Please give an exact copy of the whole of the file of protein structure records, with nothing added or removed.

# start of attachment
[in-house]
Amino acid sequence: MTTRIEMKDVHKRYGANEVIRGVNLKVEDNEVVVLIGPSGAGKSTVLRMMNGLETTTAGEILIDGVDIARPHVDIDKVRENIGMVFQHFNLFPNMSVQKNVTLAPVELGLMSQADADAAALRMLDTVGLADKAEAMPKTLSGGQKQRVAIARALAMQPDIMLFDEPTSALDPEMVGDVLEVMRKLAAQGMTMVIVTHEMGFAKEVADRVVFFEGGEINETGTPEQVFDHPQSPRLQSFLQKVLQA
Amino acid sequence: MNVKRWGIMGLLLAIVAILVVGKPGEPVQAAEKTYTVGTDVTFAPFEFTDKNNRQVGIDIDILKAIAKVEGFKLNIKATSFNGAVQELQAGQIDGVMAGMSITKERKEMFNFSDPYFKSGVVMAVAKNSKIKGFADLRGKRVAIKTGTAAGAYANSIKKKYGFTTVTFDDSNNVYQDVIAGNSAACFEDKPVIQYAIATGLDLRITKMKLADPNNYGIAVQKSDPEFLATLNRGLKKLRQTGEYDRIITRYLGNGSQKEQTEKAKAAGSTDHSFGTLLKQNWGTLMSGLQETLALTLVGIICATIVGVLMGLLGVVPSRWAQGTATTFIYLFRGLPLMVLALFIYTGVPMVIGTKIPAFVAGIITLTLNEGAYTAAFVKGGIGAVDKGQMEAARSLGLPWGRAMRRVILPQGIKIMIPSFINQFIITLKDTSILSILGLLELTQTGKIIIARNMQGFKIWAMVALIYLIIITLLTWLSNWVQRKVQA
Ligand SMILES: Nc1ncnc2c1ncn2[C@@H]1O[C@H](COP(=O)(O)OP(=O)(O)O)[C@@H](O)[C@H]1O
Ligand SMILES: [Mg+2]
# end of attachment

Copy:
[in-house]
Amino acid sequence: MTTRIEMKDVHKRYGANEVIRGVNLKVEDNEVVVLIGPSGAGKSTVLRMMNGLETTTAGEILIDGVDIARPHVDIDKVRENIGMVFQHFNLFPNMSVQKNVTLAPVELGLMSQADADAAALRMLDTVGLADKAEAMPKTLSGGQKQRVAIARALAMQPDIMLFDEPTSALDPEMVGDVLEVMRKLAAQGMTMVIVTHEMGFAKEVADRVVFFEGGEINETGTPEQVFDHPQSPRLQSFLQKVLQA
Amino acid sequence: MNVKRWGIMGLLLAIVAILVVGKPGEPVQAAEKTYTVGTDVTFAPFEFTDKNNRQVGIDIDILKAIAKVEGFKLNIKATSFNGAVQELQAGQIDGVMAGMSITKERKEMFNFSDPYFKSGVVMAVAKNSKIKGFADLRGKRVAIKTGTAAGAYANSIKKKYGFTTVTFDDSNNVYQDVIAGNSAACFEDKPVIQYAIATGLDLRITKMKLADPNNYGIAVQKSDPEFLATLNRGLKKLRQTGEYDRIITRYLGNGSQKEQTEKAKAAGSTDHSFGTLLKQNWGTLMSGLQETLALTLVGIICATIVGVLMGLLGVVPSRWAQGTATTFIYLFRGLPLMVLALFIYTGVPMVIGTKIPAFVAGIITLTLNEGAYTAAFVKGGIGAVDKGQMEAARSLGLPWGRAMRRVILPQGIKIMIPSFINQFIITLKDTSILSILGLLELTQTGKIIIARNMQGFKIWAMVALIYLIIITLLTWLSNWVQRKVQA
Ligand SMILES: Nc1ncnc2c1ncn2[C@@H]1O[C@H](COP(=O)(O)OP(=O)(O)O)[C@@H](O)[C@H]1O
Ligand SMILES: [Mg+2]